August 26, 2013 – Vol.18 No.24
CLEANEST TRANSPORTATION CLEANER WITH BIOPLASTICS.
by Bruce Mulliken, Green Energy News
Here's the quiz for the day.
Which form of transportation has the lowest carbon footprint?
Which form of mechanized transportation has the lowest carbon footprint?
Bicycling while carrying a child in a carrier? (A two for one-peddler ride!)
Wrong, but close. It's bicycling while carrying a child in a carrier made of bioplastic.
That bioplastic carrier cuts down on global warming gases. Really. It does.
The carbon in bioplastics comes from carbon dioxide in the atmosphere. Provided the product made of bioplastic doesn't decay and release its carbon content as CO2, the atmospheric carbon stays locked away, sequestered if you will. (It's best to keep durable bioplastic products in service as long as possible, then recycled. Keep that carbon locked up! Keep it from warming the planet!)
Sure there can be carbon inputs in making bioplastics, like the energy used in production. And sure a blend of plastic made from bioplastic and conventional petro-plastic can have some carbon-from-petroleum in it, but generally speaking bioplastics have a significantly lower carbon footprint than their conventional counterparts.
That bioplastic child bicycle carrier isn't just a trick in a question. It's a real product, in fact two.
MammaCangura by Bellelli, a world leader in the design and manufacture of child bicycle carriers and trailers, is launching a line of child bicycle carriers made from a bioplastic hybrid supplied by Cereplast.
One of the carriers, the FRECCIA ECO, is front-mounted and MR FOX ECO, mounts over the rear wheel. Both carriers are lightweight, durable and washable with all kinds of safety features to protect the child.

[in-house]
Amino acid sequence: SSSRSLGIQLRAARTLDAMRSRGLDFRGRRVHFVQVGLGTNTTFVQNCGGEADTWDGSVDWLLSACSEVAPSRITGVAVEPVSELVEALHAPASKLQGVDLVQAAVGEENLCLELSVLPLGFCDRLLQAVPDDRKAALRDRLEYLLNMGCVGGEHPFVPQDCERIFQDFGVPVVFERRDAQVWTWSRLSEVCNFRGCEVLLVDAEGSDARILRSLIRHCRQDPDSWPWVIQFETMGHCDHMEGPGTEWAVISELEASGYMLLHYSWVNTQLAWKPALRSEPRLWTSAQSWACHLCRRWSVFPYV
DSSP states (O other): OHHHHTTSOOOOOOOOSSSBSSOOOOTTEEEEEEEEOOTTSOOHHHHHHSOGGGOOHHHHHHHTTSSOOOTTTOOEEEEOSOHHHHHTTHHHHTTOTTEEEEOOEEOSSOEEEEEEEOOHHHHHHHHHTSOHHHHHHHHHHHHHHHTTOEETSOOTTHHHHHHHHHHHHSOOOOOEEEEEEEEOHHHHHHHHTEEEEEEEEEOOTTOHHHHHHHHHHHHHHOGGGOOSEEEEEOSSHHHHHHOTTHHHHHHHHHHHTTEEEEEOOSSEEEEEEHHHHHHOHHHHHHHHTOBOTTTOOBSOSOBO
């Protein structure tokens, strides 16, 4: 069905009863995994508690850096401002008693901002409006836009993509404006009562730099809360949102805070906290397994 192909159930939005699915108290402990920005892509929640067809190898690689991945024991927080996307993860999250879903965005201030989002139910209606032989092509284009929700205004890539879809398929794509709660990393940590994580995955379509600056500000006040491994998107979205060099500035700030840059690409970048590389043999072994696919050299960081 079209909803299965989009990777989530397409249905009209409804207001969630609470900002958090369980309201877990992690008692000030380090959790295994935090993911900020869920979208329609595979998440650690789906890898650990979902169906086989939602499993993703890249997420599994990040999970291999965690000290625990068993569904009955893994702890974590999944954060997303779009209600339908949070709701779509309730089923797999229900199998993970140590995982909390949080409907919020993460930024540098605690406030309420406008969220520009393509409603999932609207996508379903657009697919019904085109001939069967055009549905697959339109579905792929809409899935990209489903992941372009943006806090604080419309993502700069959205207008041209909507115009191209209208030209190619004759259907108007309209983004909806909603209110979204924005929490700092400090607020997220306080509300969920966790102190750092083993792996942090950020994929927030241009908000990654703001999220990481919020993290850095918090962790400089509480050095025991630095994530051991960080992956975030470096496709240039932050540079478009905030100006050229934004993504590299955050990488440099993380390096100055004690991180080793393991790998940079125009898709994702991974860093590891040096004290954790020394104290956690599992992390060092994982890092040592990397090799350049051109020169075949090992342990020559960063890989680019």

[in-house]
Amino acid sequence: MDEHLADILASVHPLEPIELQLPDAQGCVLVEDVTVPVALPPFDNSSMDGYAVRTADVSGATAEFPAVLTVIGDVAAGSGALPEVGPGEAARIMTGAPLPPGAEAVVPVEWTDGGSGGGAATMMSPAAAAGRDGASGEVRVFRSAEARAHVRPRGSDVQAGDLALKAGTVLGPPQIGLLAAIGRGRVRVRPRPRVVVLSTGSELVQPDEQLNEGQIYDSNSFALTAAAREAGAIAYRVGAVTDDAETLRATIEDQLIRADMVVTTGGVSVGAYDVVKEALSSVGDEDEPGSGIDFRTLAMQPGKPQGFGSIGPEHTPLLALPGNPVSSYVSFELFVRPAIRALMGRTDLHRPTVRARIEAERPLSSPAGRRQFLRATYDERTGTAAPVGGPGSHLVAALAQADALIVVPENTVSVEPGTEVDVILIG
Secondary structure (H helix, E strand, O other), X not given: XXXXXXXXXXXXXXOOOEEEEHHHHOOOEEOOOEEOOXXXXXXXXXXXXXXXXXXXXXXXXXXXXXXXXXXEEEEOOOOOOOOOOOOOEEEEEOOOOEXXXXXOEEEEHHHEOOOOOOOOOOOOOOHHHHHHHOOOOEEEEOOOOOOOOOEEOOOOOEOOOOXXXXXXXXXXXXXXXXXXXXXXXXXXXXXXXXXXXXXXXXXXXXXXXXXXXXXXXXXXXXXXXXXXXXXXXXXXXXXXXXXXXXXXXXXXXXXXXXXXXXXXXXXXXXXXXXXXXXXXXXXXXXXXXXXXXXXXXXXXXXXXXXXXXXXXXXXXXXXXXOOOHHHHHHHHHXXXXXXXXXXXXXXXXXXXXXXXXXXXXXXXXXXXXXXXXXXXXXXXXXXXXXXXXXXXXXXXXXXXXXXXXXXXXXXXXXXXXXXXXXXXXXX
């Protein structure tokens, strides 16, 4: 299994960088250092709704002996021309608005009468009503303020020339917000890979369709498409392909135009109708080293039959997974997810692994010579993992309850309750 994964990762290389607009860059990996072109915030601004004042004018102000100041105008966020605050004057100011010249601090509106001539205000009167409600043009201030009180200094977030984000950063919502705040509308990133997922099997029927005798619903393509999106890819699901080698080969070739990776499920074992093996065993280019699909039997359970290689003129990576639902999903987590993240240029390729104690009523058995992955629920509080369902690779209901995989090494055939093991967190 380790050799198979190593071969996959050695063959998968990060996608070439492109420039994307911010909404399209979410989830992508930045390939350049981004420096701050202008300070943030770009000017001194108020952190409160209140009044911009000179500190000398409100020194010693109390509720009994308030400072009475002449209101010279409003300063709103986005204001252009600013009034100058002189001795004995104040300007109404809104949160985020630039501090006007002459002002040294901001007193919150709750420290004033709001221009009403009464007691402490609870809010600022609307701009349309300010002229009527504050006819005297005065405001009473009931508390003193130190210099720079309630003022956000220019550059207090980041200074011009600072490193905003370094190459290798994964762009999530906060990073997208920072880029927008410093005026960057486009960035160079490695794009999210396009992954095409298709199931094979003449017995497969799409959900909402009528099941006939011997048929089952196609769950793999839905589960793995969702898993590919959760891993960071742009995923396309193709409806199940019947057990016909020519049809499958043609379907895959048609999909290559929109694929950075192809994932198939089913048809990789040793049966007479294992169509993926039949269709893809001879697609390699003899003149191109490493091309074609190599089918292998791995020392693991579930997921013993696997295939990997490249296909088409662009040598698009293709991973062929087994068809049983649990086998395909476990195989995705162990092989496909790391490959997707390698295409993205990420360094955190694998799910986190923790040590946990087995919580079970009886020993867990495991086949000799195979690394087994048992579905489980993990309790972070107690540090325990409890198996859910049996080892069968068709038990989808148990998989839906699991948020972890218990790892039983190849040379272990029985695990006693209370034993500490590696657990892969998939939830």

The bioplastic used is Cereplast's Biopropylene 101. The company says this about its carbon footprint:
"A third party lifecycle assessment (LCA) of Cereplast Biopropylene 101determined that this grade of bioplastic resin is superior to all conventional plastics evaluated in terms of overall environmental impact. The LCA compared Cereplast Biopropylene 101 bioplastic to four different conventional plastics including Low Density Polyethylene (LDPE), Polyethylene Terephthalate (PET), High Impact Polystyrene (HIPS) and Polypropylene (PP), and provided a rating for each product’s cumulative environmental impact including climate change, ozone layer depletion, and ecotoxicity.
"The reduction in Global Warming Potential for Biopropylene 101 compared to conventional Polypropylene (PP) is 32 percent. When you replace 1,000,000 pounds of conventional PP with Biopropylene 101, the environmental impact reduction is 800,000 pounds of CO2 eq., which is equivalent to driving 732,800 miles in an average passenger vehicle, or driving around the world more than twenty-nine times. If 0.1 percent of the global demand for PP was replaced with Biopropylene 101, that’s the same as removing 5,100 cars from America’s roads or planting 1,200,000 trees, which would save millions of pounds of carbon dioxide a year."
But it's just a child bicycle carrier. That can't have much impact on the saving the planet.
Wrong! Imagine if more products were made from Biopropylene 101!
Initially, both carriers will be available from MammaCangura North America at brick and mortar retailers in Canada and will be available online everywhere.
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